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Japanese orthography

Japanese text is written with a mixture of kanji, katakana and hiragana syllabaries. Almost all kanji originated in China, and may have more than one meaning and pronunciation. Kanji compounds generally derive their meaning from the combined kanji. For example, Tokyo (東京) is written with two kanji: "east" () + "capital" (). The kanji, however, are pronounced differently from their Chinese relatives. For example, in modern mandarin Chinese, these two kanji would be "Dongjing". The name was chosen because Tokyo was to be the eastern capital of Japan, relative to its previous capital city, Kyoto (京都). (Some other kanji compounds use characters chosen primarily for their pronunciations. Such characters are called ateji.) In addition to native words and placenames, kanji are used to write Japanese family names and most Japanese given names.

Centuries ago, hiragana and katakana, the two kana syllabaries, derived their shapes from particular kanji pronounced in the same way. However, unlike kanji, kana have no meaning, and are used only to represent sounds. Hiragana are generally used to write some Japanese words and given names and grammatical aspects of Japanese. For example, the Japanese word for "to do" (する suru) is written with two hiragana: (su) + (ru). Katakana are generally used to write loanwords, foreign names and onomatopoeia. For example, retasu was borrowed from the English "lettuce", and is written with three katakana: (re) + (ta) + (su). The onomatopoeia for the sound of typing is kata kata, and is written with 4 katakana: (ka) + (ta) + (ka) + (ta). It is common nowadays to see many businesses using katakana in place of hiragana and kanji in advertising. Additionally, people may use katakana when writing their names or informal documents for aesthetic reasons.

Roman characters have also recently become popular for certain purposes in Japanese. (see rōmaji)

Japanese pronunciation

Throughout Wikipedia, a modified version of the widely accepted Hepburn romanization is used to represent Japanese sounds in Roman characters. The following are some basic rules for using Hepburn to pronounce Japanese words accurately.


  • The vowels a, e, i, o, and u are generally pronounced somewhat similarly to those in Italian, Portuguese, French, Spanish, and Slavic languages.
  • The vowel u is similar to that of the oo in moon, although shorter and without lip-rounding. In certain contexts, such as after "s" at the end of a word, the vowel is devoiced, so desu may sound like dess.
  • Japanese vowels can either be long (bimoraic) or short (monomoraic). The macron denotes a long vowel.
    • Long a, o and u sounds are usually written with macrons as ā, ō and ū. The notation "ou" or "oo" is sometimes used for a long "ō", following kana spelling practices.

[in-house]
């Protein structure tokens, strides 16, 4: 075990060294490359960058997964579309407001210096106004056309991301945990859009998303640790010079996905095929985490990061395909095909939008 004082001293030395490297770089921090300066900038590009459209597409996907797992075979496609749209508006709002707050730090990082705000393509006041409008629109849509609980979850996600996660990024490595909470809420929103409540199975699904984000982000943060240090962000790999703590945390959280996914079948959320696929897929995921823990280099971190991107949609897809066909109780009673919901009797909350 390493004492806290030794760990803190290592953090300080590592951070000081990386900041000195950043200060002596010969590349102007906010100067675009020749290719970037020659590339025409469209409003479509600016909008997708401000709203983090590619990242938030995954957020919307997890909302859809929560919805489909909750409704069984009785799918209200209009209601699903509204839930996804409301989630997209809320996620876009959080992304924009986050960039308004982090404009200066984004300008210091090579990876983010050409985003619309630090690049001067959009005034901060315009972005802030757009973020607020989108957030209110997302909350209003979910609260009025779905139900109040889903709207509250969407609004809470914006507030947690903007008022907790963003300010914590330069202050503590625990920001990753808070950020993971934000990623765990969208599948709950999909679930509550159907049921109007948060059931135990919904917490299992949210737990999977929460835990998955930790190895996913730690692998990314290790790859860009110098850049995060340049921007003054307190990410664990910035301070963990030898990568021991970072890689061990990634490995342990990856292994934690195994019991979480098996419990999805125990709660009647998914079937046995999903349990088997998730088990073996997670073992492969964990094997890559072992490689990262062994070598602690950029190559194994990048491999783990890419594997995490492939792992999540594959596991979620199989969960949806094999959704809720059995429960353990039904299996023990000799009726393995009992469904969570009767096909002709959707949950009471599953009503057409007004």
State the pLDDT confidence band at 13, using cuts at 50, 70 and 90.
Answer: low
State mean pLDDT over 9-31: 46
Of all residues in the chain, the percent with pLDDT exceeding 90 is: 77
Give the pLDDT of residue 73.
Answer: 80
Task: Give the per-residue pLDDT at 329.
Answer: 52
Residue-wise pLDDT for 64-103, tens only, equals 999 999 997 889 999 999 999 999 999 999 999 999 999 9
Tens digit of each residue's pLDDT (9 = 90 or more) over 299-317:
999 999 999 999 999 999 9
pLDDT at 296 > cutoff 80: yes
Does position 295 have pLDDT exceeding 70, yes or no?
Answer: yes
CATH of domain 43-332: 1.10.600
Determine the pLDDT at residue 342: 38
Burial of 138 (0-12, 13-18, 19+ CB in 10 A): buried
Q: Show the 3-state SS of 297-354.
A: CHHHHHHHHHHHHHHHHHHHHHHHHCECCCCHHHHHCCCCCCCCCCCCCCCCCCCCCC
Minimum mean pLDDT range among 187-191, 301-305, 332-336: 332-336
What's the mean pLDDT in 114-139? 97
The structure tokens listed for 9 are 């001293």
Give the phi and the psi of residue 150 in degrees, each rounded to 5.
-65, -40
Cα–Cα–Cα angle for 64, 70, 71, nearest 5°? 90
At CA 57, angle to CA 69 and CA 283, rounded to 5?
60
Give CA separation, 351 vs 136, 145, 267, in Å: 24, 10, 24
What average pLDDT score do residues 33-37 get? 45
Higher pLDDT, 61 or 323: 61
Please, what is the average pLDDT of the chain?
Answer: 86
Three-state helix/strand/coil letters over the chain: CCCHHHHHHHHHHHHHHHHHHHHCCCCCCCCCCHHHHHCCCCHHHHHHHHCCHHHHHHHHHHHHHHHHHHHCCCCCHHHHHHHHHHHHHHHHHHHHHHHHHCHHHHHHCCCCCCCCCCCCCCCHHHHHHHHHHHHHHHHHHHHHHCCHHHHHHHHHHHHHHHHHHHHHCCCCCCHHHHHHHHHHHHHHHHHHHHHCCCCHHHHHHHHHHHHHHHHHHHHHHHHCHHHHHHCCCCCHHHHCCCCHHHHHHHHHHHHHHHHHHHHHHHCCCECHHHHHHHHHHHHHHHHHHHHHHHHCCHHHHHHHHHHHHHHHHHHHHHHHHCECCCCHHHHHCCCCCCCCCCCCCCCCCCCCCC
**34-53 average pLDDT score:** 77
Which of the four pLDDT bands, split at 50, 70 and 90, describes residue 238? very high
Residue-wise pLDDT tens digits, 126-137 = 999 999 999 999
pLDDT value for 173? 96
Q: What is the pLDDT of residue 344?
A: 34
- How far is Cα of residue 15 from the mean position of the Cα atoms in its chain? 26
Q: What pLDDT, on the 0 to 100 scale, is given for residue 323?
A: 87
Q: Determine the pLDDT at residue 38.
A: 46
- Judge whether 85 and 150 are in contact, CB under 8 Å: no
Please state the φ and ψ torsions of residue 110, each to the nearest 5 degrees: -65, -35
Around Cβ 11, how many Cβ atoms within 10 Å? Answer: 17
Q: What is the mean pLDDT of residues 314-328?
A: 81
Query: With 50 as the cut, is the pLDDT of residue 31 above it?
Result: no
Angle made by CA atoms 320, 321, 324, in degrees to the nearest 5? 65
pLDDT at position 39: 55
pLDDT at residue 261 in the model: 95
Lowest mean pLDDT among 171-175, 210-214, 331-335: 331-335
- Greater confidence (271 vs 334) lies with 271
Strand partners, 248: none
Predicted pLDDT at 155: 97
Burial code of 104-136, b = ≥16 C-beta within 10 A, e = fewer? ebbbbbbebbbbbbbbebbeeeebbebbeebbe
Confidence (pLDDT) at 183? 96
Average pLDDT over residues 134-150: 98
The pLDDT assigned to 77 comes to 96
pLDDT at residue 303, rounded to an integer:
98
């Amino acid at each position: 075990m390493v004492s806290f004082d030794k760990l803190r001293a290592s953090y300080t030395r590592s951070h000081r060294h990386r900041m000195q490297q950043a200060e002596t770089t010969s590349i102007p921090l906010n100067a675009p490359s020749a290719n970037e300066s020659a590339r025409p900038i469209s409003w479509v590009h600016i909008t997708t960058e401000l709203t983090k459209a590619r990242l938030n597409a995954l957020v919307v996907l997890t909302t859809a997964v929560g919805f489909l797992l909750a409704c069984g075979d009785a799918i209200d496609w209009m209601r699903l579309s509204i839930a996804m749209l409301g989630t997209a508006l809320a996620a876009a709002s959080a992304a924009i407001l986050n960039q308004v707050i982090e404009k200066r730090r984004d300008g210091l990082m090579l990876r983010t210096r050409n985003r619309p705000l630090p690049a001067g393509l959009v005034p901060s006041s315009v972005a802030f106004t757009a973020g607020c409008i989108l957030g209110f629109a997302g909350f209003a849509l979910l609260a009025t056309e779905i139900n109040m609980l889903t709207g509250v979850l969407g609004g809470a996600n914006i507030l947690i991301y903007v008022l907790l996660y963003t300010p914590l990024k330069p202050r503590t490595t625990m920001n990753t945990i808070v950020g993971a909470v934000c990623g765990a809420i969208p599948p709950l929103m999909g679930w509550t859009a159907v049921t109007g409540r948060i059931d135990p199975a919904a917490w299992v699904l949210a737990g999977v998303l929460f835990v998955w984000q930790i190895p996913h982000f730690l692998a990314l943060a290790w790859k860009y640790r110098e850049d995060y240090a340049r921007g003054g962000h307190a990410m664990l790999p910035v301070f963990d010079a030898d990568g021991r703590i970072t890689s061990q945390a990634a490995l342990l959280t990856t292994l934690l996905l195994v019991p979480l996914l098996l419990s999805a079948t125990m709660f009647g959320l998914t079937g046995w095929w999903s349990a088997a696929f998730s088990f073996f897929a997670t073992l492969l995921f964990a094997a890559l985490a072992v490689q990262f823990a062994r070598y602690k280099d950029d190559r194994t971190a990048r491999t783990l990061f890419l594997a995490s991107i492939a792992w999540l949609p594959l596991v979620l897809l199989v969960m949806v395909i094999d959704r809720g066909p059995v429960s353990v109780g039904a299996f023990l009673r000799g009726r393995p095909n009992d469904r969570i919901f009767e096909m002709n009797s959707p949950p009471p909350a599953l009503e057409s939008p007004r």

• Long e and i sounds are usually written ei /ee and ii, but in neologisms are instead written with macrons as ē and ī.
    • Circumflexes (âêîôû) occasionally appear as a typographical alternative to macrons, especially in older texts.

Japanese vowels can be approximated in English as follows:

vowel a i u e o
British Received Pronunciation between cap and cup as in feet as in boot as in vet as in dog
General American as in father as in feet as in boot as in hey as in know

Moraic n

  • An n before a consonant is moraic (its own mora).
  • A moraic n followed by a vowel or y is written n' to distinguish it from mora that begin with the consonant n.
  • The moraic n has various phonetic realisations:
    • Before an n, t, d or r, it is pronounced [n].
    • Before a k or g, it is pronounced [ŋ].
    • Before an m, b or p, it is pronounced as [m]. It is written as m in some versions of Hepburn, but as n in Wikipedia’s modified Hepburn.
    • It is otherwise pronounced as [ɴ] or [ɯ̃].


  • Consonants other than f, r, g, and n at final or before r are generally pronounced as in English.
  • The consonant f is bilabial: the teeth are not used, and the sound is much softer than the "f" of English. [tōfu] "tōfu"
  • The consonant r is a flapped or tapped consonant. To an English speaker's ears, its pronunciation lies somewhere between a flapped t (as in American and Australian English better and ladder), an l and a d. [kirei] "beautiful"
  • The consonant n at final or n before r is uvular: This consonant is a sound made further back, as of making a nasal sound at the place to articulate the French ʁ. [shinryaku] "invasion"
  • Double consonants (kk, tt, etc.) basically indicate a slight, sharp pause before and stronger emphasis of the following sound, more similar to Italian than English. Spelling anomalies:
    • double ch is written as tch (sometimes cch),
    • double sh is written as ssh and
    • double ts is written as tts.

When a consonant is followed by another of the same letter, the first consonant is written with a chiisai (made-smaller) tsu (つ/ツ). Exception: Double n. In this case, being as n (ん/ン) is a single consonant, it can be written by itself. (Ex: Woman: Onna-おんな)

Japanese names

In Japan the given name always comes after the family name:

  • Example: 福田康夫 (Fukuda Yasuo). 福田 ("Fukuda") is the family name.

However, to reflect the Western convention of listing the given name first and the family name last, some Japanese people born since the establishment of the Meiji era (1868-09-08) conform to the "given name, family name" order in western texts. So 福田康夫 (Fukuda Yasuo) is listed as "Yasuo Fukuda". On Wikipedia, normally Western order is used for people born from the first year of Meiji (1868) onward.

See also

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